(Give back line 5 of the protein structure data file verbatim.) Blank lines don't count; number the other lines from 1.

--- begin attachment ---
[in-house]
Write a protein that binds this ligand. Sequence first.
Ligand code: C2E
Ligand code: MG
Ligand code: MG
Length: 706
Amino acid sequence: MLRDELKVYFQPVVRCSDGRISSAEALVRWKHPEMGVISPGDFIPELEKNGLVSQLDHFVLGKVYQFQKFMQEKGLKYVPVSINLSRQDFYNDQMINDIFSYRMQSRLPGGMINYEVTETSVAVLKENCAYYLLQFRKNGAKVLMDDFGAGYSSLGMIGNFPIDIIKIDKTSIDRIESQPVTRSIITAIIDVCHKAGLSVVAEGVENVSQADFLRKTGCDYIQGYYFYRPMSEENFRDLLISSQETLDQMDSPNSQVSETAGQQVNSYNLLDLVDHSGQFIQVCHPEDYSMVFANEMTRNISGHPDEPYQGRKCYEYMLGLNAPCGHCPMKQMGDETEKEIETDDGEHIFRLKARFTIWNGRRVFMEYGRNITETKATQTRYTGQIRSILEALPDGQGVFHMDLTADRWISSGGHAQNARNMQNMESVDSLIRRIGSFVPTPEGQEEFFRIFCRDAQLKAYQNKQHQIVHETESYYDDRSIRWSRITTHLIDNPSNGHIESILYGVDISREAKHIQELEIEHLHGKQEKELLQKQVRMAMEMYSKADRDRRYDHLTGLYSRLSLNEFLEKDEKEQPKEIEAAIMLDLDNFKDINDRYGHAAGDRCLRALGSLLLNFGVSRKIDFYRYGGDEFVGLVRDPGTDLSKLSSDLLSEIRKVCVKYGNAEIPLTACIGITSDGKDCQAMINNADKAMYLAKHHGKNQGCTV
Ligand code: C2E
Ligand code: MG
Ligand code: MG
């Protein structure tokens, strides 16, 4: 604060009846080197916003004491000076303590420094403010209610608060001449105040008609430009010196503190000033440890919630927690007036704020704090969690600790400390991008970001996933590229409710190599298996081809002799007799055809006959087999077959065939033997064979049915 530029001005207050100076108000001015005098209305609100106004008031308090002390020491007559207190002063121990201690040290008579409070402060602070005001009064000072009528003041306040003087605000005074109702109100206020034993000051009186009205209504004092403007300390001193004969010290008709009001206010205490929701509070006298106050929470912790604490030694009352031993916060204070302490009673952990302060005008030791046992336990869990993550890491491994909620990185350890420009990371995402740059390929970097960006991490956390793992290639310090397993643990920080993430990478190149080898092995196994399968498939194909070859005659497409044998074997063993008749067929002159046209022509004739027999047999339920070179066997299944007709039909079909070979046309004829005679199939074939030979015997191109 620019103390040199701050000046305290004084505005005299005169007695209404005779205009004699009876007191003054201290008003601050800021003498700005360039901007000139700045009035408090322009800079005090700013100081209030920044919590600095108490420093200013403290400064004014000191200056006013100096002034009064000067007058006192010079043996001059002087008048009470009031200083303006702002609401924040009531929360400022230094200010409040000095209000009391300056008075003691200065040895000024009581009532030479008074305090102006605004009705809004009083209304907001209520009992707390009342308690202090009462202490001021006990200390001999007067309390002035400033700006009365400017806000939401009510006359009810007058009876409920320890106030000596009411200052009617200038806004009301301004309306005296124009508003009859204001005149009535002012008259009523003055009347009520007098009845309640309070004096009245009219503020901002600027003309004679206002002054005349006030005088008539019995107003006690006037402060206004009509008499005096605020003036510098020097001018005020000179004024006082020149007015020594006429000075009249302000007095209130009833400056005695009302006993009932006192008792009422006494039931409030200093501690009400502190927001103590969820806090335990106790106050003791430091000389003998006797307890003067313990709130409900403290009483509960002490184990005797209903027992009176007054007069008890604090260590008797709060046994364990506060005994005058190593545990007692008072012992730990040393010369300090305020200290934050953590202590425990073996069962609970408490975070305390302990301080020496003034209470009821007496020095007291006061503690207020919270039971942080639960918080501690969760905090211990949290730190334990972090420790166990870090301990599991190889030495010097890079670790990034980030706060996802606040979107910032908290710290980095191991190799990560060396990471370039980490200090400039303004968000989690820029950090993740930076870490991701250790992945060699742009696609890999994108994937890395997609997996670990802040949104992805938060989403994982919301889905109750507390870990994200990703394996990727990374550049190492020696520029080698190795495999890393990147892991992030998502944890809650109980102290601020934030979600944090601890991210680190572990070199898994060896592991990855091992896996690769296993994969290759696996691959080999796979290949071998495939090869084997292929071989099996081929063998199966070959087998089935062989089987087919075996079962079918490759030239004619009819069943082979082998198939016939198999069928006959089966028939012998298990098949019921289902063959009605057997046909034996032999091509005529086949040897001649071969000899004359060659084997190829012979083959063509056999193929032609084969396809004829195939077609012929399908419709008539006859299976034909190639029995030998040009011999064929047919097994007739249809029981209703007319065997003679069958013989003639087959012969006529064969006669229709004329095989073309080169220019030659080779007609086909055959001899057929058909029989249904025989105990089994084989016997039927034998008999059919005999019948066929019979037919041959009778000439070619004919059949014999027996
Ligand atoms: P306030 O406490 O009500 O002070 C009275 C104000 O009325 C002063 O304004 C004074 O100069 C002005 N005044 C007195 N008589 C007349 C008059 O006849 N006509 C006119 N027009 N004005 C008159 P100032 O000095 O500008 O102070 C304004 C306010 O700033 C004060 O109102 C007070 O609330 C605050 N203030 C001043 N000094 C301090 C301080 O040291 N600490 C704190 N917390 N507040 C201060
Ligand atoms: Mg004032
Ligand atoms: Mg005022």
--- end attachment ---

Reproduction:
Ligand code: MG